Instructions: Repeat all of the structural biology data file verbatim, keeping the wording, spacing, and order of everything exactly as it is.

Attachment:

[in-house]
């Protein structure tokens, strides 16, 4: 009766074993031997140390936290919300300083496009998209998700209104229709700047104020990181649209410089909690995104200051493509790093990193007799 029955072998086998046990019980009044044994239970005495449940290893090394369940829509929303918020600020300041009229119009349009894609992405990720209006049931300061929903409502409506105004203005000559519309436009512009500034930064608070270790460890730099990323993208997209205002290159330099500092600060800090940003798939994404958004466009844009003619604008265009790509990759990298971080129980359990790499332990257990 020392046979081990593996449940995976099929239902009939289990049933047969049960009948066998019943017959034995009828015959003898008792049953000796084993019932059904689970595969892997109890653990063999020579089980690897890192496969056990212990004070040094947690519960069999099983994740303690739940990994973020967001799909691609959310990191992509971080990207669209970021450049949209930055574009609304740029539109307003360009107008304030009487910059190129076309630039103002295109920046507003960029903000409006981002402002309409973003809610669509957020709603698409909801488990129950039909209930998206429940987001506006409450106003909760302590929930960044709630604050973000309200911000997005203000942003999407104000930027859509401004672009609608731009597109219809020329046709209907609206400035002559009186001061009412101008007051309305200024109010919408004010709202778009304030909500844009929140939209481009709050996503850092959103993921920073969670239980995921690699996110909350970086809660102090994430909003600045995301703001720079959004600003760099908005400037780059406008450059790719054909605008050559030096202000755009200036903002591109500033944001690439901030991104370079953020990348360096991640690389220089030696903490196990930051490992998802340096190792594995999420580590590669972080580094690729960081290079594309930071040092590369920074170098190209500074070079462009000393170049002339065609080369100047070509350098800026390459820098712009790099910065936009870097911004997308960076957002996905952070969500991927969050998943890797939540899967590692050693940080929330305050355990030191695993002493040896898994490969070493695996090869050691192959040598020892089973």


[in-house]
């Protein structure tokens, strides 16, 4: 009766074993031997140390936290919300300083496009998209998700209104229709700047104020990181649209410089909690995104200051493509790093990193007799 029955072998086998046990019980009044044994239970005495449940290893090394369940829509929303918020600020300041009229119009349009894609992405990720209006049931300061929903409502409506105004203005000559519309436009512009500034930064608070270790460890730099990323993208997209205002290159330099500092600060800090940003798939994404958004466009844009003619604008265009790509990759990298971080129980359990790499332990257990 020392046979081990593996449940995976099929239902009939289990049933047969049960009948066998019943017959034995009828015959003898008792049953000796084993019932059904689970595969892997109890653990063999020579089980690897890192496969056990212990004070040094947690519960069999099983994740303690739940990994973020967001799909691609959310990191992509971080990207669209970021450049949209930055574009609304740029539109307003360009107008304030009487910059190129076309630039103002295109920046507003960029903000409006981002402002309409973003809610669509957020709603698409909801488990129950039909209930998206429940987001506006409450106003909760302590929930960044709630604050973000309200911000997005203000942003999407104000930027859509401004672009609608731009597109219809020329046709209907609206400035002559009186001061009412101008007051309305200024109010919408004010709202778009304030909500844009929140939209481009709050996503850092959103993921920073969670239980995921690699996110909350970086809660102090994430909003600045995301703001720079959004600003760099908005400037780059406008450059790719054909605008050559030096202000755009200036903002591109500033944001690439901030991104370079953020990348360096991640690389220089030696903490196990930051490992998802340096190792594995999420580590590669972080580094690729960081290079594309930071040092590369920074170098190209500074070079462009000393170049002339065609080369100047070509350098800026390459820098712009790099910065936009870097911004997308960076957002996905952070969500991927969050998943890797939540899967590692050693940080929330305050355990030191695993002493040896898994490969070493695996090869050691192959040598020892089973």